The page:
Daniel Brown 1743 Edition:
 Lastly, if nature, parent of things, had not compelled all things that perish then to be resolved into least parts, she could from them repair nothing that dies; for bodies that are formed of various parts can never be endued with properties, which the first seeds of things ought to possess, as union, weight, and force, agreement, motion, by which all things act.
 And yet, suppose that nature had allowed no end to bodies being divided, yet some bodies from eternity must have been, which by no force could ever be subdued. But bodies that are formed of brittle seeds, and to be broken, could not have remained for ages infinite, vexed as they have been with endless blows, but must have been dissolved.
 Wherefore, those sages who have thought that fire is the first principle of things, and from that alone the whole is formed, do greatly err from the true rule of reason. The champion of these, Heraclitus, enters first the lists, more famed for dark expression among empty Greeks than with the wise, who search for truth; for none but fools admire, and love what they see couched in words abstruse; and that they take for truth which quaintly moves the ear, and painted over effects by witty jingling of the sound.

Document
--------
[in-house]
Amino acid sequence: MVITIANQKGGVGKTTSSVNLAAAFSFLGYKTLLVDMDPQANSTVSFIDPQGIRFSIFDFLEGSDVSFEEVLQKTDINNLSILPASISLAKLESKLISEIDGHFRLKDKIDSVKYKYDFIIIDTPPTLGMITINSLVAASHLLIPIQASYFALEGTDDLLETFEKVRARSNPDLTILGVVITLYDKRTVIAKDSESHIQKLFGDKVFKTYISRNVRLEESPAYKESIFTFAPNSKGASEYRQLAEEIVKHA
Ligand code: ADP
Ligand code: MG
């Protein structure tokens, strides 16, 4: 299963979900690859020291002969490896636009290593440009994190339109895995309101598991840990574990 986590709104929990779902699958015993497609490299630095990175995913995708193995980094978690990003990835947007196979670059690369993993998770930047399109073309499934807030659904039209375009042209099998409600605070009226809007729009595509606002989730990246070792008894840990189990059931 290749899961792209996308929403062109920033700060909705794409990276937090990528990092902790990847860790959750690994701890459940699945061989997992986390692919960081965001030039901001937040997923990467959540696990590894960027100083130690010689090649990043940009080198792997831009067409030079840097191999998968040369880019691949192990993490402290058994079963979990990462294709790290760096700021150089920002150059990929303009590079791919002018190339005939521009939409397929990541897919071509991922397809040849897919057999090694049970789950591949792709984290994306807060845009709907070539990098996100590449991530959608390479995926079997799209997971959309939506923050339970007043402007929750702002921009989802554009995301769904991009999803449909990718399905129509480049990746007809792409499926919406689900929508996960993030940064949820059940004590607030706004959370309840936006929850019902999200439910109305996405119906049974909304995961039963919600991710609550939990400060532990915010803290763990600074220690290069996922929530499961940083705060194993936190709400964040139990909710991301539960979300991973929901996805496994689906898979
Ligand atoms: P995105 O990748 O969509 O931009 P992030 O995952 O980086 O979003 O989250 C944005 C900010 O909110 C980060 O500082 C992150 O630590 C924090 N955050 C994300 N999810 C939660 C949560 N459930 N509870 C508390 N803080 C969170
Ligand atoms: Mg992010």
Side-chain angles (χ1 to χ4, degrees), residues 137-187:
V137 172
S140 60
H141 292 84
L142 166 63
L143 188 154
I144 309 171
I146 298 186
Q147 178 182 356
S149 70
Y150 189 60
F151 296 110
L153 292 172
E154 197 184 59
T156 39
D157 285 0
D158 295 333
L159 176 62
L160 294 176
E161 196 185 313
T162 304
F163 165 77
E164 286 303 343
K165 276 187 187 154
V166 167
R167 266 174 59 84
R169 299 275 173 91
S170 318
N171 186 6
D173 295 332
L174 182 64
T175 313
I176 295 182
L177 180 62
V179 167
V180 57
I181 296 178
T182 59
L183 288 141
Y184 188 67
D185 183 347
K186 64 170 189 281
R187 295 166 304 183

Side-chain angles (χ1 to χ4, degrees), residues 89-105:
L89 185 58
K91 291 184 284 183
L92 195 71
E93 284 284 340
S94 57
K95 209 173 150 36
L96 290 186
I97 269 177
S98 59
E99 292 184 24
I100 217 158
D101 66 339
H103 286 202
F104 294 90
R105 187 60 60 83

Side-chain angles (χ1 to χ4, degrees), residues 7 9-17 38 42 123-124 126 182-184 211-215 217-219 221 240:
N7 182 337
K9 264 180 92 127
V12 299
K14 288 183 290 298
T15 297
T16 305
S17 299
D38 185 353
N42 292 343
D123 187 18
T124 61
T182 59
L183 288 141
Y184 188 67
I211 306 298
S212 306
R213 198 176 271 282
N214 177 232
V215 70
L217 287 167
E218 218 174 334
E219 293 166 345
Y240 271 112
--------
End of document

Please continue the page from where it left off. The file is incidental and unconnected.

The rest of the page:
For how such various beings could arise, I ask, if formed from pure and real fire? To say, that the hot fire is now condensed, and sometimes rarified, would nought avail; the several parts must still retain the nature of fire, the same which the fire had when whole; the heat would be more fierce, the parts condensed, more languid when divided and made rare. There’s nothing more than this you can derive from causes such as these; much less so great variety of things can be produced from fire or flame, condensed or made rare.
 Indeed, would they admit in things a void, fire then might be condensed or rarified; but this, because it contradicts their other schemes, they murmur at, and will allow in things no empty space: So, while they fear to grant this difficult truth, they lose the way that’s right, nor do they see, by not allowing there is in things a void, all bodies would be dense, and out of all one only would be made, which could by force emit nothing without itself, as the hot fire emits both light and heat, which shews it is not composed of crowded parts, without a void.